Further grid penalties loom as Charles Leclerc claims ECUs are unsalvageable

Sam Cooper
Charles Leclerc, Ferrari, head in hands. Bahrain, March 2023.

Charles Leclerc, Ferrari, looks upset with head in hands. Bahrain, March 2023.

Charles Leclerc could face more grid penalties as the season goes on after he confirmed both of his allocated ECUs were unsalvageable.

The Ferrari driver will start the Saudi Arabian Grand Prix 10 places back from his qualifying spot after he was forced to take a new electronic control unit (ECU), pushing him past the FIA allocation for the season.

Leclerc managed to burn through both of his allocated two ECUs after just one race as the replacement part fitted to solve the original faulty one then forced the Monégasque to retire in Bahrain.

But with 22 more races to go, Leclerc finds himself vulnerable to further penalties down the line should his current ECU also fail. A driver receives a 10-place penalty for his first breach followed by a five-place drop for any further offence.

Leclerc said Ferrari had solved the problem but also noted that his first two ECUs could not be saved.

“We had two control unit problems in Bahrain which means that we already need to take a penalty,” he told Sky Sports F1. “We understand these problems but as a result, I obviously need to take the penalty.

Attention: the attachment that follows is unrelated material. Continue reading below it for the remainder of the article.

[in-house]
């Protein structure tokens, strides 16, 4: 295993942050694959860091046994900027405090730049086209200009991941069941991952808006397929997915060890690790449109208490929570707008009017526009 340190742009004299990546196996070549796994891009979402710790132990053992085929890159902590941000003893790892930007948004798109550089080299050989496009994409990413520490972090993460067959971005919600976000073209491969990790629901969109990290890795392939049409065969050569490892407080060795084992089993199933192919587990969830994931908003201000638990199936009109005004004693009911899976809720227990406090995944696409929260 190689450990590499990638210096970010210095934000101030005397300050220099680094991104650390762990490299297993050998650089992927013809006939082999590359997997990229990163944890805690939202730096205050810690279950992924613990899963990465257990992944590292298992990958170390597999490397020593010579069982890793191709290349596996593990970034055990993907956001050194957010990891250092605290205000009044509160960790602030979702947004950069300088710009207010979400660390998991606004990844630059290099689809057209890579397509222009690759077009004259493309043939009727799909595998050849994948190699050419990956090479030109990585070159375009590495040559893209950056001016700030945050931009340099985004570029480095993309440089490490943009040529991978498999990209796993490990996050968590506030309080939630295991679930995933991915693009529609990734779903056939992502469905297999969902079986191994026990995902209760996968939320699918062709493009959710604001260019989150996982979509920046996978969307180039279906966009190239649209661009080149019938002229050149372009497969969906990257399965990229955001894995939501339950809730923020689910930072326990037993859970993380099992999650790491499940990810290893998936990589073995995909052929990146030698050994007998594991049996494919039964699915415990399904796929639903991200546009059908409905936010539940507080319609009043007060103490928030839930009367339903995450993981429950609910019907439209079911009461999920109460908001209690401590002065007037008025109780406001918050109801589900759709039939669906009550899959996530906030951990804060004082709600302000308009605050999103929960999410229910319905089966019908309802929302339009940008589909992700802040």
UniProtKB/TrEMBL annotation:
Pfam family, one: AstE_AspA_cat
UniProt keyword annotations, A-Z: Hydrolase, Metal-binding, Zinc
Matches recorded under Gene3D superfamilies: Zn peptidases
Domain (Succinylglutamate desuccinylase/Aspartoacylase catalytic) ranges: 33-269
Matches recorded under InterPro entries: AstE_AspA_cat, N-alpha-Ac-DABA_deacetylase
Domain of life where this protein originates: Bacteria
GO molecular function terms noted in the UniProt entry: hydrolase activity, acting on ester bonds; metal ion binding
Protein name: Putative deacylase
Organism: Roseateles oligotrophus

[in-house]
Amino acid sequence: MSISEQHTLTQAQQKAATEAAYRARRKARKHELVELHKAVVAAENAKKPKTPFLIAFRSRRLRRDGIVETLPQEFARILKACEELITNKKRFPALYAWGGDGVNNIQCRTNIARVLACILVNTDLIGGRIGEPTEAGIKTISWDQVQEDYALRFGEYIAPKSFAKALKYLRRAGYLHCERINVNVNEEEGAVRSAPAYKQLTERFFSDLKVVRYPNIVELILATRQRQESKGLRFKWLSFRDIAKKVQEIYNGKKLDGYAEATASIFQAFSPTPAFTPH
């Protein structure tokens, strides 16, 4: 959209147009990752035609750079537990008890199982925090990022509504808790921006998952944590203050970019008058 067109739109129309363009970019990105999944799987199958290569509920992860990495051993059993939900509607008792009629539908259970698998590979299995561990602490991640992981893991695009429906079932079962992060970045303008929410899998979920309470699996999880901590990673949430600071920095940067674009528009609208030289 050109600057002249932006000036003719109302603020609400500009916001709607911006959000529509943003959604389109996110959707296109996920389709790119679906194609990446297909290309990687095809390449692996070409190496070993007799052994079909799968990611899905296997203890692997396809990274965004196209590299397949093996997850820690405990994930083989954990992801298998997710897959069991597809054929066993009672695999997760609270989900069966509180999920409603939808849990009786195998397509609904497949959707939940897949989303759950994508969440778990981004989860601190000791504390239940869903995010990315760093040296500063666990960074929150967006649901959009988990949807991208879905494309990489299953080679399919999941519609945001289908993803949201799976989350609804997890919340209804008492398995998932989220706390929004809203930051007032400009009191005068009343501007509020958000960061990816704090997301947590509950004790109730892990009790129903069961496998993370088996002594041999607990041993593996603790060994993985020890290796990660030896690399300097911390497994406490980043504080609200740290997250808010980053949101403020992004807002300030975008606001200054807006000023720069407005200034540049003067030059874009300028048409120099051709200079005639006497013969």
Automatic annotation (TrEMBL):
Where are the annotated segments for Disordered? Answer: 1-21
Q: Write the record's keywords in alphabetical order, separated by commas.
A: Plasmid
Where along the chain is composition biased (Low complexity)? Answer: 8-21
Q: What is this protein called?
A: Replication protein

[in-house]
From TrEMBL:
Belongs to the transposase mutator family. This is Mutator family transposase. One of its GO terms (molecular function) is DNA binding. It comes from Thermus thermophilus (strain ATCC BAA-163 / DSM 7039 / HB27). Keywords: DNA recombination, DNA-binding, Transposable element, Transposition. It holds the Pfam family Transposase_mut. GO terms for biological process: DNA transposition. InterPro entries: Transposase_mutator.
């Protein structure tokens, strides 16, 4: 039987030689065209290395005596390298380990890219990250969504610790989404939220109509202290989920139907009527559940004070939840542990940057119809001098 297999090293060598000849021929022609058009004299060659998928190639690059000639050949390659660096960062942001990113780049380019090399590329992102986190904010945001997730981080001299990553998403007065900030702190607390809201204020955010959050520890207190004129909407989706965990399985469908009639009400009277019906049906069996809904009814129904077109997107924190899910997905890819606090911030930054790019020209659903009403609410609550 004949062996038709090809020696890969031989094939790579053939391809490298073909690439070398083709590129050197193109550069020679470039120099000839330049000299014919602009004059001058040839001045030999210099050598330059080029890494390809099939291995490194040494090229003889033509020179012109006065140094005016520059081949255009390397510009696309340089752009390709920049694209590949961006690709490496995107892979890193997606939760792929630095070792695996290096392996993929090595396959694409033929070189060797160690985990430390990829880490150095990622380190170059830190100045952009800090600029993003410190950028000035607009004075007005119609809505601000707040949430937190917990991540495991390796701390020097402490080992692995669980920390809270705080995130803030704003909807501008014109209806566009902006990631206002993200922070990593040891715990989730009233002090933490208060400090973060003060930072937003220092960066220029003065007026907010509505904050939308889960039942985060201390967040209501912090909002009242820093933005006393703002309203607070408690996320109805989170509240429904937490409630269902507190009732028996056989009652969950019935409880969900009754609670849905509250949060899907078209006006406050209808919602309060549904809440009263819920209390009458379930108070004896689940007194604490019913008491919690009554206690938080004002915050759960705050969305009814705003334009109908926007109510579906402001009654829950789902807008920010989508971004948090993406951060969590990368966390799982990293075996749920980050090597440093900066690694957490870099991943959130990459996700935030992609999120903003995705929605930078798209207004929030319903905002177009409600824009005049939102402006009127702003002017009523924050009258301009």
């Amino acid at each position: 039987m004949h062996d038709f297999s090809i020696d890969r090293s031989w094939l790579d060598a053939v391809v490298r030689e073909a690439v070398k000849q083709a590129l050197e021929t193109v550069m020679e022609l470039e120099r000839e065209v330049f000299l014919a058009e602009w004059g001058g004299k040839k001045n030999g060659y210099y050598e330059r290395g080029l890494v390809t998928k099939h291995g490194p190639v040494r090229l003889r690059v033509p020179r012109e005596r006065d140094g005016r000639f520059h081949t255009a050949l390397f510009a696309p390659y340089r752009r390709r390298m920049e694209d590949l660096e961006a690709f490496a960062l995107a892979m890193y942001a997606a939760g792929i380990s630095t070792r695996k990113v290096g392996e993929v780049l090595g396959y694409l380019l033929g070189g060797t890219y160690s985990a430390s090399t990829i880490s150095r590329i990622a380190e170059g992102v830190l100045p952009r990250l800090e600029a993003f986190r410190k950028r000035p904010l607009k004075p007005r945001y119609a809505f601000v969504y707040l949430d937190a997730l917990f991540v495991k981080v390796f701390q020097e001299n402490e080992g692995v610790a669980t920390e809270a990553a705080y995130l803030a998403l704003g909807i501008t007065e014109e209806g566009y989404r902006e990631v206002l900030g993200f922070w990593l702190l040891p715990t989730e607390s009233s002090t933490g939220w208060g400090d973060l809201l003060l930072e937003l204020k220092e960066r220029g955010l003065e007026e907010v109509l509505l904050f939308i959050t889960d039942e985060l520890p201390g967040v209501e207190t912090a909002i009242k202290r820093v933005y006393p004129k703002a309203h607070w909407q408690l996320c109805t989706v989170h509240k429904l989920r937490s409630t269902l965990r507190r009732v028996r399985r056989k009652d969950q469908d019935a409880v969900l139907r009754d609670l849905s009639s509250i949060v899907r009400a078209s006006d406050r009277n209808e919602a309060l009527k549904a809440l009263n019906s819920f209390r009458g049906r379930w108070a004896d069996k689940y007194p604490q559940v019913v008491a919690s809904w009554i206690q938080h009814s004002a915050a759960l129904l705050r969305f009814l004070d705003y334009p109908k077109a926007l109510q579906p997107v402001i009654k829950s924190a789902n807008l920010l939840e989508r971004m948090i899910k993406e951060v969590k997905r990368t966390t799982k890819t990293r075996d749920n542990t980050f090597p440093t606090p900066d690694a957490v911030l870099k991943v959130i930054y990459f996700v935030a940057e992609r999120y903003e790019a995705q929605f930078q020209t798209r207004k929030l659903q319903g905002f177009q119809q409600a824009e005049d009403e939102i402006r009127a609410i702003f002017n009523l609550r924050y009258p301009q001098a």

“I don’t think they [the first two ECUs] are reusable. We don’t have confirmation yet, but I don’t think so.”

Leclerc did say though that the Ferrari engineers had reassured him they now understood the problem so he had no worries about suffering the same issue.

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Having retired in Bahrain, finding himself starting at a disadvantage is not what Leclerc or Ferrari would have wanted given the suspected pace advantage Championship leaders Red Bull are enjoying.

While the Jeddah track should suit the characteristics of the SF-23 over the RB19, Leclerc commented that the Red Bull car was “very flexible.”

“I think it might fit our car a little bit better on the paper but we never know, because Red Bull also have a very flexible car and they can change the car quite a lot from Bahrain to here and be extremely competitive here too,” he explained.

“Our weakness in Bahrain was clearly the race pace in general and the tyre degradation, on that we’ve been working a lot.

“I’m sure that it will be a step forward compared to Bahrain and it’s also not as big of a problem as Bahrain in terms of tyre degradation. So that will help us help us.

“On the other hand, I’ve got a 10-place penalty so it will be a bit more difficult for me, but I’ll do absolutely everything to have a good start and hopefully come back to the front as quickly as possible.”